A leading US energy official said yesterday that more transparency about the supply and demand for oil will help to stabilise energy markets amid political unrest in the Middle East.
Energy official calls for transparency on oil supply
ABU DHABI // A leading US energy official said yesterday that more transparency about the supply and demand for oil will help to stabilise energy markets amid political unrest in the Middle East.
Daniel Poneman, the US deputy energy secretary, was in the capital yesterday after meeting Opec oil ministers at the International Energy Forum (IEF) in Riyadh this week.
Political upheaval, most recently in Libya, has pushed crude prices to their highest level in two-and-a-half years. There is also unrest in other countries including Tunisia, Yemen, Algeria, Bahrain and Iran.
"There are no suggestions of any lack of capacity to satisfy the current demand," Mr Poneman said. "There is ample supply, but we encourage and expect producers to respond by bringing to the market … an effective amount to calm the prices."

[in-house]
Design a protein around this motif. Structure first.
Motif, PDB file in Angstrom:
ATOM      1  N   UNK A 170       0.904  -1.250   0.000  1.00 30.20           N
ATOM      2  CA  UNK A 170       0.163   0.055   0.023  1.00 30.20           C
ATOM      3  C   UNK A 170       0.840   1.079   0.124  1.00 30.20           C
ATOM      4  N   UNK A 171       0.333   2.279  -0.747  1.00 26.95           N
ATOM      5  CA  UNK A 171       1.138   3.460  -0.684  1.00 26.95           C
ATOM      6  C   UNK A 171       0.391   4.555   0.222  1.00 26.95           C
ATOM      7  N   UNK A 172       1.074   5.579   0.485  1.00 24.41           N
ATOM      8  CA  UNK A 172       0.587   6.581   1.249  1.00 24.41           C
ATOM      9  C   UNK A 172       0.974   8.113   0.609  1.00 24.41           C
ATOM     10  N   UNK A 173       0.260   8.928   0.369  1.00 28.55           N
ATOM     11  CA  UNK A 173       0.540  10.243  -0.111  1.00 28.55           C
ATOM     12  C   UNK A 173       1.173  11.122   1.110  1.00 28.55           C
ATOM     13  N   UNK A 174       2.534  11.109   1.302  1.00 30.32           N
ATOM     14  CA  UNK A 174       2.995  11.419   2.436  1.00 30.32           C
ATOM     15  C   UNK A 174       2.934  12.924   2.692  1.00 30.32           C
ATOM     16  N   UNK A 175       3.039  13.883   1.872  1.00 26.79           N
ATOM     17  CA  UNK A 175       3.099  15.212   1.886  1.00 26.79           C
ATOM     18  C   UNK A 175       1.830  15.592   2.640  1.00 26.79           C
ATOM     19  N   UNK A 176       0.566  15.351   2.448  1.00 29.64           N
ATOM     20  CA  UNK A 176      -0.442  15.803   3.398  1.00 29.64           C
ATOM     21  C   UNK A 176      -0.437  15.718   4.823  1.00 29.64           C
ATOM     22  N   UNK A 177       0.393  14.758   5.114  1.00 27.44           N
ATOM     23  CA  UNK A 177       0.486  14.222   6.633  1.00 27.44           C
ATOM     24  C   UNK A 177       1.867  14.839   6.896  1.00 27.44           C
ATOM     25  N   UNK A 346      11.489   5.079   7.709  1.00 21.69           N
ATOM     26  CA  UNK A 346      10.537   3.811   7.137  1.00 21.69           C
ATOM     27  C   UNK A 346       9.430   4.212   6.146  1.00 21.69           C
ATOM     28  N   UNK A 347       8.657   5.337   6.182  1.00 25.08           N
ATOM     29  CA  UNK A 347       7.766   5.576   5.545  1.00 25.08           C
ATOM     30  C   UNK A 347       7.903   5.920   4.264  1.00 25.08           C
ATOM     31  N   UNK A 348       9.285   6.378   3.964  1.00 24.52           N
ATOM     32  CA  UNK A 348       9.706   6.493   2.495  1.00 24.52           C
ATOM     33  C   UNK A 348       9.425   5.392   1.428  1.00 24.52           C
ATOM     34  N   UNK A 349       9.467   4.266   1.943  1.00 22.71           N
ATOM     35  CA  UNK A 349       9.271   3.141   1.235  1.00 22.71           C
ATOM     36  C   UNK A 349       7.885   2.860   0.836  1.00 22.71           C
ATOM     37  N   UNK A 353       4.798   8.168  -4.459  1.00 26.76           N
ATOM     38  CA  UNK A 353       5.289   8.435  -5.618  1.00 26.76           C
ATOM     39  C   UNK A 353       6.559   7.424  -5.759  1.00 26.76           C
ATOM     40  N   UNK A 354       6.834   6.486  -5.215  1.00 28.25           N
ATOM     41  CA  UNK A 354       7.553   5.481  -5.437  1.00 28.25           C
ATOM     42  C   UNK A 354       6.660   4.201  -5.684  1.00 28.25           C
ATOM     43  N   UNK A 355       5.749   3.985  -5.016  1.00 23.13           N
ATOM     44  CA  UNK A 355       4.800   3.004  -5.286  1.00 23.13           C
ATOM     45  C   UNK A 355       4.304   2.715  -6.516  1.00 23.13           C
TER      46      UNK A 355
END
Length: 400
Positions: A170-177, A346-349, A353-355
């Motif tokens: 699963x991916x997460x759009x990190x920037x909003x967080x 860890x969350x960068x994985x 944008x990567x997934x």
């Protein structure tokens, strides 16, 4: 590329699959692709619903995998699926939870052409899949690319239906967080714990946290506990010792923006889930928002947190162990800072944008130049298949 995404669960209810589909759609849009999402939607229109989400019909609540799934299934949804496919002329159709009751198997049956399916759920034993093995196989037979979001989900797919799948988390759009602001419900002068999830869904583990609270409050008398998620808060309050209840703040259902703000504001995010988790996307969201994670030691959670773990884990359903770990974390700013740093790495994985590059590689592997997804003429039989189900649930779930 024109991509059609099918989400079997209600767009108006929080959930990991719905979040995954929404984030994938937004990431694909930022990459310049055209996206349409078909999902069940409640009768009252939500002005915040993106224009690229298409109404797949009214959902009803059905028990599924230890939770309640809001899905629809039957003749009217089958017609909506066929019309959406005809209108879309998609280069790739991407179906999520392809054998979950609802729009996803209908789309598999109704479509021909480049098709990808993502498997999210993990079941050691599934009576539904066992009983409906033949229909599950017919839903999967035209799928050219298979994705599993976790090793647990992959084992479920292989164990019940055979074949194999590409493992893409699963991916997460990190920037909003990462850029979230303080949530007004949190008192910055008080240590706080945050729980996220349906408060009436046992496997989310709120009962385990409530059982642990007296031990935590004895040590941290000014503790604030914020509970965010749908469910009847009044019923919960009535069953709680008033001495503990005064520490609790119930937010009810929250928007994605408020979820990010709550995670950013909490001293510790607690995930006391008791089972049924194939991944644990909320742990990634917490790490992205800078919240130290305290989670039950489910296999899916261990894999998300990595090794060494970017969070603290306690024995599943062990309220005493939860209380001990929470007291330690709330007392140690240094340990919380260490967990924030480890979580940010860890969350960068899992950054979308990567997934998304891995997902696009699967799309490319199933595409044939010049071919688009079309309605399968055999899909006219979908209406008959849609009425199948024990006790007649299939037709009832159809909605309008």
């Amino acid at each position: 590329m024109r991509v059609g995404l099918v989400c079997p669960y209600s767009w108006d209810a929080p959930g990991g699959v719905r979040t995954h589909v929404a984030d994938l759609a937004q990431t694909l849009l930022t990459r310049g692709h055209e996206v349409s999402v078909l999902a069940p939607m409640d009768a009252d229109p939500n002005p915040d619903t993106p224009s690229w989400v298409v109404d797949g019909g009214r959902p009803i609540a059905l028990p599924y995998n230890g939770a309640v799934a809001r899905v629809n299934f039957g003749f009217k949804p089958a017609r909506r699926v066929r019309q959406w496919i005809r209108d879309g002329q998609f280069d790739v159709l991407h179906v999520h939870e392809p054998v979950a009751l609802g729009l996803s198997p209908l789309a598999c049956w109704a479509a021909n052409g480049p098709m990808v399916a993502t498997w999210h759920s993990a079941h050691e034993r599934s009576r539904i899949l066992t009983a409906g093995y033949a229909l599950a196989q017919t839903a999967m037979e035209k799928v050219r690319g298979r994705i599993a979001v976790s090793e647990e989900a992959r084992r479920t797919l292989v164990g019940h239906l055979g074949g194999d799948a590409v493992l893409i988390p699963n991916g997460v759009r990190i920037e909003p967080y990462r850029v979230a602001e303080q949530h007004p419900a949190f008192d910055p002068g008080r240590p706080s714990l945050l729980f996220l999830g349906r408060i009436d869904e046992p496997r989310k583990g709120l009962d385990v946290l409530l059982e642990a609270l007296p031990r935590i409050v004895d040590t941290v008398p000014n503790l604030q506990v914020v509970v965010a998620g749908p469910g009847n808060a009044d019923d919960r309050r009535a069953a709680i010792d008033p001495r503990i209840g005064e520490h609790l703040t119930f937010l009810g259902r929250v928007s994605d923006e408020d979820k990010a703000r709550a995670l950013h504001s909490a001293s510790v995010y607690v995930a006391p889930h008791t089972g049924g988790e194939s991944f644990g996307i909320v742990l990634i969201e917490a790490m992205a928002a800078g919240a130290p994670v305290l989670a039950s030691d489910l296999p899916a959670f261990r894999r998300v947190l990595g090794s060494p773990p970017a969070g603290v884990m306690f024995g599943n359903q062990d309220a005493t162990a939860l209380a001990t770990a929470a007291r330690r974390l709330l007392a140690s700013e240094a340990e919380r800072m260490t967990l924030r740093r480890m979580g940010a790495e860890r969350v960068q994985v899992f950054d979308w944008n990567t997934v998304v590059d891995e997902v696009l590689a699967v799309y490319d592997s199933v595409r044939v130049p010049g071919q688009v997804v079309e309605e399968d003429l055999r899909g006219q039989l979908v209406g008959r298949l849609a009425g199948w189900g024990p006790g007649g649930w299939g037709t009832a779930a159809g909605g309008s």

Nearly 90 countries that import or export oil signed an IEF charter this week seeking stronger co-operation to collect accurate figures for how much crude is on the market.
The lack of such an agreement has contributed to the uncertainty about oil prices.
Mr Poneman yesterday repeated calls he made at the IEF for oil producers to boost output to ease prices. However, he said there was no shortage on the market.
He pointed out that Saudi Arabia had an estimated 4 million barrels per day of spare capacity, while other Opec members could also produce surplus oil if needed.
Although he called the events in Libya "a serious source of concern", he did not expect the surge in prices to hinder the global economic recovery.
Mr Poneman was in Abu Dhabi to meet Sultan al Jaber, the Masdar chief executive, to discuss possible future joint projects involving building efficiency, carbon capture sequestration and smart grid systems.
Masdar's photovoltaic plant, which converts solar energy into electricity, could be a "game changer", he said.